The Result of The Housing Standards Review

DCLG Note = seems sensible and at last an end to hobbit homes – but the devil is in the detail.

Building Regulations

This note supports the Written Ministerial Statement made by the Minister for Communities
on 13th March 2014. It sets out how each of the themes covered in the Housing Standards
Review consultation are to be taken forward.


Minimum access standards in Part M (Access to and use of buildings) will be retained. In
addition, an optional level of accessibility will be introduced in Part M which will set out
criteria for age friendly, accessible and adaptable housing. We will also set out within Part M
an optional standard which will set out criteria setting out the specific needs of wheelchair
adaptable and accessible housing.

These optional levels would not be universally mandatory, but local authorities will be able to
adopt them to meet local needs, according to local circumstances or individual needs, and
subject to viability testing.


The Government recognises the value of of a single minimum security standard for new
homes, based on industry’s best practice. The Government is considering the evidence on
whether such a standard should be applied to all new homes, as a Building Regulation applied
nationally or whether it would be more proportionate if applied on a local basis.

We propose to introduce a new, tighter level of water efficiency into the Building
Regulations, to be set at 110 litres/person/day (lpd). This would be an optional higher level in
addition to the current level of 125 lpd which could only be applied in areas with specific
local needs (such as water stress). This would be chosen by the local authority. Government
is considering the best way to define areas of water stress to ensure this works in practice.


We propose a “Building Regulations only” approach, with no optional additional local
standards in excess of the provisions set out in Part L of the Regulations.

In Budget 2013 the Government reaffirmed its commitment to implement the zero carbon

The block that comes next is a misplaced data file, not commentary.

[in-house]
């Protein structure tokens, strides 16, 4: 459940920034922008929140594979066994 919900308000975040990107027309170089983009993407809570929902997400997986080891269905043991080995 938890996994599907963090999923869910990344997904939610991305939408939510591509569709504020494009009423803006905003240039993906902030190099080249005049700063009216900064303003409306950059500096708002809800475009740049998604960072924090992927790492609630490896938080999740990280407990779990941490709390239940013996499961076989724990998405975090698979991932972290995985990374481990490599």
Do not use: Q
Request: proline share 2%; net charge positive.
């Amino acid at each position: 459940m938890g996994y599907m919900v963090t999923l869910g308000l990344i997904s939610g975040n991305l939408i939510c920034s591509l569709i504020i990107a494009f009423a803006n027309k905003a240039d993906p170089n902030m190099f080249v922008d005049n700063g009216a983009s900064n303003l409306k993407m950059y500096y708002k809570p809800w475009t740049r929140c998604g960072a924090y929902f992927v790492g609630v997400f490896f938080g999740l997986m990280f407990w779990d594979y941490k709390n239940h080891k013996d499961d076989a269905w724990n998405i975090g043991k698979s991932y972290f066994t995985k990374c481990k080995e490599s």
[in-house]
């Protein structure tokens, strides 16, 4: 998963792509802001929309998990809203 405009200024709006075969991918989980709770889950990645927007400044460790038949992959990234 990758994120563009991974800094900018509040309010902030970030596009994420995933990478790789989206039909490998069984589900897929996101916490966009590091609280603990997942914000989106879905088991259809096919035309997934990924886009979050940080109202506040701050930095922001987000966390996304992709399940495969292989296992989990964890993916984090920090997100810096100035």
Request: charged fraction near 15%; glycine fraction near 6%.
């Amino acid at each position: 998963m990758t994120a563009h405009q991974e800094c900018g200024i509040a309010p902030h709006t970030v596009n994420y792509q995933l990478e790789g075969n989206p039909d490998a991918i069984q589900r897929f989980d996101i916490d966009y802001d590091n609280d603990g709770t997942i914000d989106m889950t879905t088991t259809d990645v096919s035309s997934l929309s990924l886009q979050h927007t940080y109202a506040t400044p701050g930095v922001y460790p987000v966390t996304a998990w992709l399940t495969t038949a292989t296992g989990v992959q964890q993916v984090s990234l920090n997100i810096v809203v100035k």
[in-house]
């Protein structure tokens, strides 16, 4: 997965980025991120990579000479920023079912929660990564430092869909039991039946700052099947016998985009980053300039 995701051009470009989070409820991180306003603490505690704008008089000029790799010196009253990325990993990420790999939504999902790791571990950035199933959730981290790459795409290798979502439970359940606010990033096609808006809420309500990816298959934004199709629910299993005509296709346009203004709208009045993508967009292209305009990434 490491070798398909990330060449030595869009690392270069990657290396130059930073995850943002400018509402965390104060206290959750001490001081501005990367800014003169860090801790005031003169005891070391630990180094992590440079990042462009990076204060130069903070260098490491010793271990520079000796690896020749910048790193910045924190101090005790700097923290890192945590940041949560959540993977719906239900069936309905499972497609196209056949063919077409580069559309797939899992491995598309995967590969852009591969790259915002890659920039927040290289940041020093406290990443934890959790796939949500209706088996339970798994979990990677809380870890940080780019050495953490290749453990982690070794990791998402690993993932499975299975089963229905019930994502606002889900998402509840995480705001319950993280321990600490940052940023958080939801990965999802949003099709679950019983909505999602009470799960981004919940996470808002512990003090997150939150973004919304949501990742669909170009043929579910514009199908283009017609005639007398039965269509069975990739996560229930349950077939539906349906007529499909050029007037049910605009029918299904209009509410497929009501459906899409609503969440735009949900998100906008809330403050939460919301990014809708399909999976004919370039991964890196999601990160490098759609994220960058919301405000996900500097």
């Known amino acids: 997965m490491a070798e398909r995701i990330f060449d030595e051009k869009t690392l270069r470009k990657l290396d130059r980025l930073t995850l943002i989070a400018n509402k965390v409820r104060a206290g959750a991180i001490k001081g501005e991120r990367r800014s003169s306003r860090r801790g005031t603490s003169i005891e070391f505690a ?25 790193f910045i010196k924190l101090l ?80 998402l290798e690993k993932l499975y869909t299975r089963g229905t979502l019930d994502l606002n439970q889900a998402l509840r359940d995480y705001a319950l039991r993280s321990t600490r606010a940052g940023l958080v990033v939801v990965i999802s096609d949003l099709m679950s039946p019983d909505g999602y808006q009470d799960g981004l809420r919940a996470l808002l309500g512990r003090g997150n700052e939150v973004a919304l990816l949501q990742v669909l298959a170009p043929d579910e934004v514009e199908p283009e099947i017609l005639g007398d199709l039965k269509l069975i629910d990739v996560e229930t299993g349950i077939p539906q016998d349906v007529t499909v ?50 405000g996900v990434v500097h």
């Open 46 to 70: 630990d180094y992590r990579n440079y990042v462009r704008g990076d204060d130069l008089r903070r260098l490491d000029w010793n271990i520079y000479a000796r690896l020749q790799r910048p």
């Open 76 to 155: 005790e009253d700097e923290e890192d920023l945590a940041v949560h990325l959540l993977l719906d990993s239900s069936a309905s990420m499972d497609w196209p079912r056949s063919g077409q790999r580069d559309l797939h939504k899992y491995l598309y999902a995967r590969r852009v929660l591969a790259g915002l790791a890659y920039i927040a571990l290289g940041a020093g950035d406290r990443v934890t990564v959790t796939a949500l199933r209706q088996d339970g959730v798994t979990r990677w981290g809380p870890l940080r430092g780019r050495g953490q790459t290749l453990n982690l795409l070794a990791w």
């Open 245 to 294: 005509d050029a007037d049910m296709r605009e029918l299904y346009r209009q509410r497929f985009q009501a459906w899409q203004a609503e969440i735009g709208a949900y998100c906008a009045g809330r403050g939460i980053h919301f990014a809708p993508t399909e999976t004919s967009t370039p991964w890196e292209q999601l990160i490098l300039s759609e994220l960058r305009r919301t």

homes policy for new homes from 2016. This will be achieved through a strengthening of the
energy performance requirements in Part L of the Building Regulations (incorporating carbon
compliance, energy efficient fabric and services), and the delivery of allowable solutions.


We believe that it is right that local communities and neighbourhoods have the ability to
shape the nature of new development in their local areas. However, a proliferation of
localised and varying space standards creates a potentially significant barrier to delivery of

housing. We will therefore develop a new national standard – not a Building Regulation –
which will offer a consistent set of requirements with regard to the internal area of new
homes. This will have two different sets of specifications, based on a consolidation of
existing space standards used by authorities across the country. Application of the standard
will be optional for local authorities to use and they will need to justify its application
according to evidenced needs and subject to local plan viability testing. This will help to
balance the needs of local communities whilst ensuring that the home building industry can
deliver at volume in a cost effective manner.

Other Standards

Government considered a range of other issues in the Housing Standards Review
consultation. The Government is not taking forward any work on these matters during this